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TRANSLATION GOES TO THE MOVIE

Devi Olivia Hariri 2015130078


Dimas Hari Saputra 2015130089
Dellara Indriarti 2015130102
Dimas Luthfi Haryanto 2015130126
Niken Tri Utami 2015130031
Translation goes to the Movie
Micheal Cronin

Translation goes to the Movies demonstrates how translation has been an


abiding concern of film makers dealing with questions of culture, identity, migration,
conflict, representation and globalization. The work not only introduces the reader to a
number of core concerns in translation theory and practice but it also shows how these
issues matter greatly in the wider culture and society as presented on screen.

how translation is presented on the big screen? given the continuing popularity
of cinema, on both the big and the small screen, and the intensely global nature of its
dissemination over a very long period, motion pictures are apotent source of images and
representation of what translation might or might not involve. Demonstrating the
importance of translation to interlingual and intercultural contact and heightening the
visibility of translation and translators, demands that we look more closely at a medium
where translation has long been a matter of visible thematic and representational concern.
Chapter 1, Translation: the screen test

“The picture that moves is a universal language” (David Llewelyn


Wark Griffith the director of The Birth of a Nation (1915) and
Intolerance (1916). He believed that the picture was a universal
symbol and not “flicker” as one of his actresses said.

The supposed immediacy or accessibility of the image, the universal currency of the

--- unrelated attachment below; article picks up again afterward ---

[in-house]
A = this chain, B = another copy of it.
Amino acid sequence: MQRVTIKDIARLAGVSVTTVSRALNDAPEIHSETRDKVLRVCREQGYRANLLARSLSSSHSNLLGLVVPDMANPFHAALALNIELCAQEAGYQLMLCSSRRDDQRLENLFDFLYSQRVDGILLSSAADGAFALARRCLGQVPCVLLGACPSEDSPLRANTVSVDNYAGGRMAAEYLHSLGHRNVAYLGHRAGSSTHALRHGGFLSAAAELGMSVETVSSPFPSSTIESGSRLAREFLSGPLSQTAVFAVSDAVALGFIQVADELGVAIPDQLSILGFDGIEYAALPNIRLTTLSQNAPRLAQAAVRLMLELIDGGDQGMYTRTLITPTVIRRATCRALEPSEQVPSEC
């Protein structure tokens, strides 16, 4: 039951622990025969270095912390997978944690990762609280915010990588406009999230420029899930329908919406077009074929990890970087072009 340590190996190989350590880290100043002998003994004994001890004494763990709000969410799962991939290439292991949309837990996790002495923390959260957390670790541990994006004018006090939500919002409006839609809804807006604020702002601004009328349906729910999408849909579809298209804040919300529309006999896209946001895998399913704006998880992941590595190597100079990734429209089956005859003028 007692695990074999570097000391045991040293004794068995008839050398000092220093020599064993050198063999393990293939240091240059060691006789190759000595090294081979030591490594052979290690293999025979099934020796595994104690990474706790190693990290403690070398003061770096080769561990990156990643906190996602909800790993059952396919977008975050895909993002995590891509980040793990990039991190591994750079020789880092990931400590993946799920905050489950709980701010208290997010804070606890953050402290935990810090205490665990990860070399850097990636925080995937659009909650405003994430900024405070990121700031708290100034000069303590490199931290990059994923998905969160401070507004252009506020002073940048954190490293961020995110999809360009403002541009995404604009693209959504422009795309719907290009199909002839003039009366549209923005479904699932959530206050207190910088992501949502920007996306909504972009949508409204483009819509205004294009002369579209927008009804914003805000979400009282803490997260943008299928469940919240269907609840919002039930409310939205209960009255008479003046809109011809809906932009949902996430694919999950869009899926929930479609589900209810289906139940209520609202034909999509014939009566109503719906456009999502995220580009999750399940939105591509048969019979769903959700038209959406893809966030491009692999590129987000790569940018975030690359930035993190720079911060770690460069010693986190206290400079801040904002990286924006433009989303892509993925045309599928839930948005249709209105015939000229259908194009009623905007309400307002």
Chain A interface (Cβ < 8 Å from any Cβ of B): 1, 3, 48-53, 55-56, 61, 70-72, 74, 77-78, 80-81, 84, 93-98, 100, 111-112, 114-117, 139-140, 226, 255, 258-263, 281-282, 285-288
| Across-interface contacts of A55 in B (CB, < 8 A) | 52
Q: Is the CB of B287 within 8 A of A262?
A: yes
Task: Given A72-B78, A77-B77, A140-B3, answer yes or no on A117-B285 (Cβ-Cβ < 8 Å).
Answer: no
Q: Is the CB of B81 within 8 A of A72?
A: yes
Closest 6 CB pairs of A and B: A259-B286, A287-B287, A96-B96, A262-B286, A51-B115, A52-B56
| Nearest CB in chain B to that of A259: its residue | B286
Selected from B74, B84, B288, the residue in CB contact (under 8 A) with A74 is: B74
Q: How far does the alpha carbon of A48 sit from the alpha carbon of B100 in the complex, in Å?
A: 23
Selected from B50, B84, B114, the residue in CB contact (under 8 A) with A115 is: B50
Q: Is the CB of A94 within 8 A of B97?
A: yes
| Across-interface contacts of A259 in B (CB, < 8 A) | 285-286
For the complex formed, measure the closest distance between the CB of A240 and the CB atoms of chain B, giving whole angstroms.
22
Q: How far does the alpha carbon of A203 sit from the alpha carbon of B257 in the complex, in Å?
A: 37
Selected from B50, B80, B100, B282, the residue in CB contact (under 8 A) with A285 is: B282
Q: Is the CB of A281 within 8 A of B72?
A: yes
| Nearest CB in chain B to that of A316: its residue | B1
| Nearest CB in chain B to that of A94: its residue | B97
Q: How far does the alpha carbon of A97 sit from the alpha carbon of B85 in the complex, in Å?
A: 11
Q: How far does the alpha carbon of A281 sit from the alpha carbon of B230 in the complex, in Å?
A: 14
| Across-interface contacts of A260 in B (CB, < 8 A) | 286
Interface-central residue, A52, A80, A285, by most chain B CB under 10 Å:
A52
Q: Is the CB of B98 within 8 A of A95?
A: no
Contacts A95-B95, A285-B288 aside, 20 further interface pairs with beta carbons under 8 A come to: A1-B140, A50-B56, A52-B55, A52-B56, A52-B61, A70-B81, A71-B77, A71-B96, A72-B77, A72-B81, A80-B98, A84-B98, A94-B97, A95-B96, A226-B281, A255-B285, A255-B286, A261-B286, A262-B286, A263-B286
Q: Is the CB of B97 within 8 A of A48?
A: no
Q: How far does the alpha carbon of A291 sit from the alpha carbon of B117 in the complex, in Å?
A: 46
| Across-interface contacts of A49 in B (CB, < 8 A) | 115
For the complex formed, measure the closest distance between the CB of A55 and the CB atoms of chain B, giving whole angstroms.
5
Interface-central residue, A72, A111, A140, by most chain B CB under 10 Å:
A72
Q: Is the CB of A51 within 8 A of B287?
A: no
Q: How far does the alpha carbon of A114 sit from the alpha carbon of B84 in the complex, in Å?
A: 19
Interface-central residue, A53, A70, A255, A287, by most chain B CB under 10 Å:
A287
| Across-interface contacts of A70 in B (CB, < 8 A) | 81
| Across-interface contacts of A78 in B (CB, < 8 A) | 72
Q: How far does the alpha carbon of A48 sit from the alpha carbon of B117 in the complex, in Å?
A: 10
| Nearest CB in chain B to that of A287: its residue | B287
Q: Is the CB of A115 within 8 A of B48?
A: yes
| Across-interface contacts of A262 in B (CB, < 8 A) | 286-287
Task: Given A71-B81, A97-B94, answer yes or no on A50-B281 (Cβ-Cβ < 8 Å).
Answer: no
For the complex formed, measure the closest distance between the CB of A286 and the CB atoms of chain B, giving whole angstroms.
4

symbol, is closely linked to the rise of prestige of the visual and of the importance of
visual evidence in the scientific revolutions of the sixteenth and seventeenth century
(Rorty 1980).
Integration

Michael Chanan has observed that ‘the film business was international from the very
beginning’ (Chanan 1990: 187) and Tom Gunning claims that in the early period of the
silent movie ‘film has an international distribution that is unparalleled in later history’
(Gunning 1990b: 89).

in German market before 1994, the German share


of movie distributed on market was around 15%
and the rest were sourced from France 30%,
United States 25%, Italy 20%. Only a third of the
movie produced in United States, the rest came
from Europe and half of these were produced by
one company, Pathè (Musser 1990s:364,412).

Companies that dominated the movie business up until the outbreak of war in 1914
including Pathè and Gaumont in France, Edison, Biograph and Vitagraph in the United
States, and Messter in Germany.
The Sound Of Silence
According to Gaudreult :

 Silent films is not that they were silent,


but this could take the form of live
music, sound effects, sychronized
dialogue spoken by actor behind the
screen or a comentary provided by
lecturer filling out or explaining what
was going on in the images.
 The film maker could not be everywhere at
once. So, The Film Maker make a choice to edit
their film is called editing.

 The methods (written dan oral form) involve


the use of languages.

 The relation between sound of silence and the


movie translation is to help the audience to
understand the meaning and what was going
on in the film
FILM RECEPTION
 The two form of screen translation, dubbing,
and subtitling, complement the distancing
mechanism of language alterity.

It is a sense because Hollywood cinema needs


to be translated that it can continue to
function as a site of intense projection and
multiple interpretations
 The language of Hollywood is a language that
was actually spoken by real people and going
behind the screen, crossing over from
celluloid fantasy to local reality, meant an
engagement with this linguistic reality in all its
complexity.
 The success or the reach of US popular
cinema would be inconceivable without the
intervention of dubbers and subtitlers

 yet in mainstream film studies, even when


considering questions of audience reception,
their efforts are almost invariably ignored.
 For this reason, the research carried out by
translation studies scholars on the history of
subtitling and dubbing practies is vital for a
fuller understanding of how cinema has been
mediated in different languages and contexts.

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